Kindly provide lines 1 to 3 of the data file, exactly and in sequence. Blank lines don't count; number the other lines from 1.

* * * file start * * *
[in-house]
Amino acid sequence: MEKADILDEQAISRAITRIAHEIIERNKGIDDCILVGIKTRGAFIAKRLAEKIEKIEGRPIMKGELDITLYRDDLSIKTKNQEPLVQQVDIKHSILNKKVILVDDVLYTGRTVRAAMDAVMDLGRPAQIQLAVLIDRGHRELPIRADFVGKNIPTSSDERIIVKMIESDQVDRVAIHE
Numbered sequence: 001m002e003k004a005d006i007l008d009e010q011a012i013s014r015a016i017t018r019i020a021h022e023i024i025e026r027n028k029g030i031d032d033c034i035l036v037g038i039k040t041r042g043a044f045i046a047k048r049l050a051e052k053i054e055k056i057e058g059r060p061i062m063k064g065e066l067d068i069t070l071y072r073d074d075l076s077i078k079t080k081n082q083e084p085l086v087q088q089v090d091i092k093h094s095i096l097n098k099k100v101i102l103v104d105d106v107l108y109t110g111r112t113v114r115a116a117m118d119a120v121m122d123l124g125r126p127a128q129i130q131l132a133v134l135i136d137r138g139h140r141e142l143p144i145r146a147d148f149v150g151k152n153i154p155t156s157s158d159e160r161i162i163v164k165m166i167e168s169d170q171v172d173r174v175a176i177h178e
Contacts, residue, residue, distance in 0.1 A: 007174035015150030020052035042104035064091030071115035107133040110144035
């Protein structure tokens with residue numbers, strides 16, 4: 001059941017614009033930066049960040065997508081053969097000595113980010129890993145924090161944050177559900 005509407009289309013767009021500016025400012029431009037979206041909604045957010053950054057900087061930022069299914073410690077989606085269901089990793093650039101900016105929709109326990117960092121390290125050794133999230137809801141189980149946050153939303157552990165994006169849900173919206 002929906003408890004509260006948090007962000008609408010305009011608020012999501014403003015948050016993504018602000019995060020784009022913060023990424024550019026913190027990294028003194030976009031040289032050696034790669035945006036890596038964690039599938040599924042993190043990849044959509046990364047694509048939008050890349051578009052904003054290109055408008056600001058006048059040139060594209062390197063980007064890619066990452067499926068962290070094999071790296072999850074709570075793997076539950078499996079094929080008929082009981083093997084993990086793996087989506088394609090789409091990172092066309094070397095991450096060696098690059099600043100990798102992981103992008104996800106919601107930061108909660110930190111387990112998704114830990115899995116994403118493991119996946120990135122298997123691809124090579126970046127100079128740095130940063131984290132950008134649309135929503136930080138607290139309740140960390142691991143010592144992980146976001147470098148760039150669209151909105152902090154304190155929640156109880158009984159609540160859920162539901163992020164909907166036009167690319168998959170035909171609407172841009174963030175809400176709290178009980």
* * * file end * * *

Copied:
[in-house]
Amino acid sequence: MEKADILDEQAISRAITRIAHEIIERNKGIDDCILVGIKTRGAFIAKRLAEKIEKIEGRPIMKGELDITLYRDDLSIKTKNQEPLVQQVDIKHSILNKKVILVDDVLYTGRTVRAAMDAVMDLGRPAQIQLAVLIDRGHRELPIRADFVGKNIPTSSDERIIVKMIESDQVDRVAIHE
Numbered sequence: 001m002e003k004a005d006i007l008d009e010q011a012i013s014r015a016i017t018r019i020a021h022e023i024i025e026r027n028k029g030i031d032d033c034i035l036v037g038i039k040t041r042g043a044f045i046a047k048r049l050a051e052k053i054e055k056i057e058g059r060p061i062m063k064g065e066l067d068i069t070l071y072r073d074d075l076s077i078k079t080k081n082q083e084p085l086v087q088q089v090d091i092k093h094s095i096l097n098k099k100v101i102l103v104d105d106v107l108y109t110g111r112t113v114r115a116a117m118d119a120v121m122d123l124g125r126p127a128q129i130q131l132a133v134l135i136d137r138g139h140r141e142l143p144i145r146a147d148f149v150g151k152n153i154p155t156s157s158d159e160r161i162i163v164k165m166i167e168s169d170q171v172d173r174v175a176i177h178e